Chalabi said in Washington that U.S. plans for complex regional caucuses and indirect elections are confusing to Iraqis and may appear designed to thwart certain groups from coming to power: "[The U.S. plan is] not an easy concept to reconcile with democracy. And furthermore, it is also not clear that the people that will be elected will actually be representative of the general population or will respond to their views. And it's not clear that this process will guarantee the election of strong leaders to sit in the assembly."

Chalabi, a secular Shi'a and former exile once seen as close to the Pentagon, made his comments at the conservative American Enterprise Institute in Washington.

"Do not seek to find a reason why elections are not possible," Chalabi added. "Seek to make them possible, and they will be possible."

Chalabi's remarks amounted to a rejection of a proposal by Adnan Pachachi, the current chairman of the Governing Council, to expand that U.S.-appointed body as an alternative to direct legislative elections.

Given Chalabi's ties to Washington, some question his motives for siding with al-Sistani. Patrick Clawson, an analyst with the Washington Institute of Near East Policy, says, "Chalabi is in a situation where he can win no matter what happens on the election front. If elections have to be held next week, Chalabi is one of the few people in a position to run because he's well-known and he's on the IGC. If the elections are held in a year, then he's well-positioned because he'll be in power for a year."

But Chalabi also said Washington has nothing to fear from Iraq's Shi'a or from al-Sistani. Chalabi said the cleric comes from a tradition of Iraqi Shi'a constitutionalism and is moderate.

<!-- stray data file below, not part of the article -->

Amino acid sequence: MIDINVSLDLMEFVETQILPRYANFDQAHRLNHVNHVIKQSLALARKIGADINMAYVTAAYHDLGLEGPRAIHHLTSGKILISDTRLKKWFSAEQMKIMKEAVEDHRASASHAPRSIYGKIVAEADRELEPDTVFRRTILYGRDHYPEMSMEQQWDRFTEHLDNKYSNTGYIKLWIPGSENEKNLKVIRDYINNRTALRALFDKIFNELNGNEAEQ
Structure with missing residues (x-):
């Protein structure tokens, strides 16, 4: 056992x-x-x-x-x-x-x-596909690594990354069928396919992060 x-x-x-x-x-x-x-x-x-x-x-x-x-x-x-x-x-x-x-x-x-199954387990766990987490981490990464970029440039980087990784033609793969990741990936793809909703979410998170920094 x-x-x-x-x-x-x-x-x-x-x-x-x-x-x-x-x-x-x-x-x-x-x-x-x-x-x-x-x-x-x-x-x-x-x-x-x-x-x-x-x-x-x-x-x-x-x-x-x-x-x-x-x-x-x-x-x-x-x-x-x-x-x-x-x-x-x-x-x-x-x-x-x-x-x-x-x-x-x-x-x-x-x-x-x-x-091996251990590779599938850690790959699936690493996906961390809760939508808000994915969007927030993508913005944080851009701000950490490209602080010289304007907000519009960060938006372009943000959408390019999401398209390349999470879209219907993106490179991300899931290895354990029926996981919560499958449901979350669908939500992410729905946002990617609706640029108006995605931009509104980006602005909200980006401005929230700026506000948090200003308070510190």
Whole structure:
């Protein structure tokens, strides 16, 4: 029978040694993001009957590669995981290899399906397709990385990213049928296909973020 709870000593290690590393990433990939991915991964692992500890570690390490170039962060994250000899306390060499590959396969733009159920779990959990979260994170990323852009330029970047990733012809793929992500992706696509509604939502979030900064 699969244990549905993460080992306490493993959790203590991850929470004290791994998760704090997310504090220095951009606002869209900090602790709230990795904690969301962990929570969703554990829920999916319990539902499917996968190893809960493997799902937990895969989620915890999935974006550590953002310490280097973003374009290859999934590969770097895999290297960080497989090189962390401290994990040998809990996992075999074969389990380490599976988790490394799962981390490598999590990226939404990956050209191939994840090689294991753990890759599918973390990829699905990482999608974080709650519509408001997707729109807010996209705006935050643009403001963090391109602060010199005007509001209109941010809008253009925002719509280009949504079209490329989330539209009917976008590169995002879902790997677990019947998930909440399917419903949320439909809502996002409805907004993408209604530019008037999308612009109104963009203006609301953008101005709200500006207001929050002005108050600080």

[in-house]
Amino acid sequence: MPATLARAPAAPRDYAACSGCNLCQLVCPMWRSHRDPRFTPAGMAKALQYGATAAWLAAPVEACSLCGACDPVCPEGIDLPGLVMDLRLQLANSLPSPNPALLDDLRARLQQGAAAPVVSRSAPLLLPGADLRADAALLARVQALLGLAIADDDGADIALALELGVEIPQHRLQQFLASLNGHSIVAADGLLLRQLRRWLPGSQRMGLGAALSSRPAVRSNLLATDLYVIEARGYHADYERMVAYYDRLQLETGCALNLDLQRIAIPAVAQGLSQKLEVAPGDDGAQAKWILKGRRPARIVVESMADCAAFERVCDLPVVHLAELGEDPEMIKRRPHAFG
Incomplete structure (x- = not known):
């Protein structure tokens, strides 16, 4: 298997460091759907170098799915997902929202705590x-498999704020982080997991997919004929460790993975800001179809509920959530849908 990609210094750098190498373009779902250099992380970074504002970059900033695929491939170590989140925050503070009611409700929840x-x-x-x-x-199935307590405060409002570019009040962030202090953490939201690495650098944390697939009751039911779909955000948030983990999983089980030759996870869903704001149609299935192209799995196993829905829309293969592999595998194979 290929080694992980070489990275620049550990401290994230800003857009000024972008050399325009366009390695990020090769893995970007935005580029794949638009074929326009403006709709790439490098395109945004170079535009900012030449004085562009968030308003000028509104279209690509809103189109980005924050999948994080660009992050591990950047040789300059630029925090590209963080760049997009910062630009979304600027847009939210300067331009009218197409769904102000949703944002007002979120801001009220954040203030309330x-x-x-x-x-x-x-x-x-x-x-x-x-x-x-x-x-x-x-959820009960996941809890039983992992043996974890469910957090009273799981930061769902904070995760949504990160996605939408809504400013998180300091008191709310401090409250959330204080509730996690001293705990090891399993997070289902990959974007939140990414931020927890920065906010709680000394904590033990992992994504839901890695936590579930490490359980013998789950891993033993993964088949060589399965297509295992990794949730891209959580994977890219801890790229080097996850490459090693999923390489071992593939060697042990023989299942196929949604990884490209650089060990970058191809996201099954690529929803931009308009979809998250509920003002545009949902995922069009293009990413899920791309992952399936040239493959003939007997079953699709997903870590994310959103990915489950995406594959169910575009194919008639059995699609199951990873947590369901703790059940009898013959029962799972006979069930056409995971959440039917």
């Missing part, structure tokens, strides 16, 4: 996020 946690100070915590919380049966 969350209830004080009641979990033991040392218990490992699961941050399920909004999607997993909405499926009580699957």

Clawson agrees with all of those claims. After scorning the UN for not backing the Iraq invasion, Washington now hopes that Annan can help salvage U.S. plans to transfer power by sending experts to Iraq. The UN pulled out of Iraq after its headquarters was destroyed in a bombing last August but is assessing a return.

U.S. President George W. Bush met briefly last week (22 January) with Lakhdar Brahimi, a senior UN official whom Washington wants to play a leading role in Iraq. Brahimi also met Secretary of State Colin Powell and national security adviser Condoleezza Rice, but so far has resisted U.S. pressure to go to Baghdad.

Some analysts suggest that Washington wants Brahimi to lead the UN team in hopes that he will rule in favor of U.S. plans. The State Department dismisses that suggestion.

Al-Sistani has said he would be prepared to accept the decision of a UN assessment team, and analysts say Washington is likely to go along, as well. A previous UN team sent in August ruled that it would take at least six months to hold direct elections.

Analyst Clawson tells RFE/RL that he believes a fresh UN assessment will come to more or less the same conclusion. "My strong assumption is that what the UN team is going to say is that you can either have June 30 or you can have elections, but you can't have both."

That means the choice for Iraqis would be to go with the current handover plan or a compromise proposal and achieve sovereignty by 1 July -- or to choose elections but delay sovereignty until later this year.